In John Grisham’s The Appeal, the verdict is just the beginning, then the case takes a dark, political turn. Politics has always been a dirty game, now justice is too.
“Building a remarkable degree of suspense…Grisham delivers his savviest book in years. His extended vacation from hard–hitting fiction is over.”
—Janet Maslin, The New York Times
“A novel that could become its own era–defining classic. John Grisham holds up that same mirror to our age as Tom Wolfe’s Bonfire of the Vanities.”
—The Boston Globe
In a crowded courtroom in Mississippi, a jury returns a shocking verdict against a chemical company accused of dumping toxic waste into a small town’s water supply, causing the worst “cancer cluster” in history. The company appeals to the Mississippi Supreme Court, whose nine justices will one day either approve the verdict or reverse it.
Who are the nine? How will they vote? Can one be replaced before the case is ultimately decided?
The chemical company is owned by a Wall Street predator named Carl Trudeau, and Mr. Trudeau is convinced the Court is not friendly enough. With judicial elections looming, he decides to try to purchase himself a seat on the Court. The cost is a few million dollars, a drop in the bucket for a billionaire like Mr. Trudeau. Through an intricate web of conspiracy and deceit, his political operatives recruit a young, unsuspecting candidate. They finance him, manipulate him, market him, and mold him into a potential Supreme Court justice. Their Supreme Court justice.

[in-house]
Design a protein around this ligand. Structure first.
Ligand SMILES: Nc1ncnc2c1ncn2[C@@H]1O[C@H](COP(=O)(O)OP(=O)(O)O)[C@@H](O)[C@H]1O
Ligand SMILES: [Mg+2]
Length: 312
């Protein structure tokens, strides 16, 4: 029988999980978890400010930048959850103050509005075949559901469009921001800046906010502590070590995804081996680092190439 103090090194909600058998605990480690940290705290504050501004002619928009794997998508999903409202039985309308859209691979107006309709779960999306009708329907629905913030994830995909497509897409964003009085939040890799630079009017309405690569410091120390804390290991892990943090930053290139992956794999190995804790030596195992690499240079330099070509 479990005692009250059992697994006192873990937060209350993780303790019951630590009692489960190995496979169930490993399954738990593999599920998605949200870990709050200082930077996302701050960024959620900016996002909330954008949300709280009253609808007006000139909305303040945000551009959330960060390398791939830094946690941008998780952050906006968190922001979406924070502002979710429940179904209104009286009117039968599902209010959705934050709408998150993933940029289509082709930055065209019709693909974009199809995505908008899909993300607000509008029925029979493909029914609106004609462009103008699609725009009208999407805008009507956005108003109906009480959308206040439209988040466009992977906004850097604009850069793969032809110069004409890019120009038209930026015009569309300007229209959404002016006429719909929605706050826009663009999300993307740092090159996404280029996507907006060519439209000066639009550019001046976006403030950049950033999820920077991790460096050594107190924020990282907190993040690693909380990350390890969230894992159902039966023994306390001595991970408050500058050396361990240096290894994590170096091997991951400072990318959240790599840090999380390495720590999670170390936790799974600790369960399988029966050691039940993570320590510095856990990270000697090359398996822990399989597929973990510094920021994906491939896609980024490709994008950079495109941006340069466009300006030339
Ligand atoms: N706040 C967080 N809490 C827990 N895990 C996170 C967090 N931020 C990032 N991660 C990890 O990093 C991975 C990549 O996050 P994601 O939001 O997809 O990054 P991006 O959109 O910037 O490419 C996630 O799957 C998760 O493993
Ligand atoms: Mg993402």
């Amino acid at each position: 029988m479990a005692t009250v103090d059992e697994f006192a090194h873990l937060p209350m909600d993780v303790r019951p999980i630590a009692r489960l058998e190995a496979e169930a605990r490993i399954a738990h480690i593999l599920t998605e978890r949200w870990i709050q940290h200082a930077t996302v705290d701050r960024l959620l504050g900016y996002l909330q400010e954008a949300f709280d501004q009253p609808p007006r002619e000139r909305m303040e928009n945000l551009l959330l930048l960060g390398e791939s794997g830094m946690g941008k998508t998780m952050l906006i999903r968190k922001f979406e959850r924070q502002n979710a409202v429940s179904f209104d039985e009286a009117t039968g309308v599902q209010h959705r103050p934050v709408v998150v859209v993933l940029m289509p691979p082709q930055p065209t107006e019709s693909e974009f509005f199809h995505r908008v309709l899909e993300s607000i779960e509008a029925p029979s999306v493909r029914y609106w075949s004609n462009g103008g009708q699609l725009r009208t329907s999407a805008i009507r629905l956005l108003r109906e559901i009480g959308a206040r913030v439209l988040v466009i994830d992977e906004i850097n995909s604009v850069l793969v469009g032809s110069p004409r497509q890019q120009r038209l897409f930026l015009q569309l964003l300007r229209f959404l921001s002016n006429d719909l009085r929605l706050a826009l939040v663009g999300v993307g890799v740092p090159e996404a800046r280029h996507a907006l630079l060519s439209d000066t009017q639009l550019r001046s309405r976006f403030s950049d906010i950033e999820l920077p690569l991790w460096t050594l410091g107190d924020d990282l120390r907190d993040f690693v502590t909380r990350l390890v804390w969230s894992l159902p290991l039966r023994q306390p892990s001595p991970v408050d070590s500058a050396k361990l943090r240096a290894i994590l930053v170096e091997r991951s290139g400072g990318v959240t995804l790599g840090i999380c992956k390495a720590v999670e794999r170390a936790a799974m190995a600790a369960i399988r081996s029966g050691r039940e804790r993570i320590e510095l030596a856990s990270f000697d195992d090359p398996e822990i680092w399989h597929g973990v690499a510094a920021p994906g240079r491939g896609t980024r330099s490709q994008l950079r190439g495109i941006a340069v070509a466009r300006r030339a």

The Appeal is a powerful, timely, and shocking story of political and legal intrigue, a story that will leave listeners unable to think about our electoral process or judicial system in quite the same way ever again.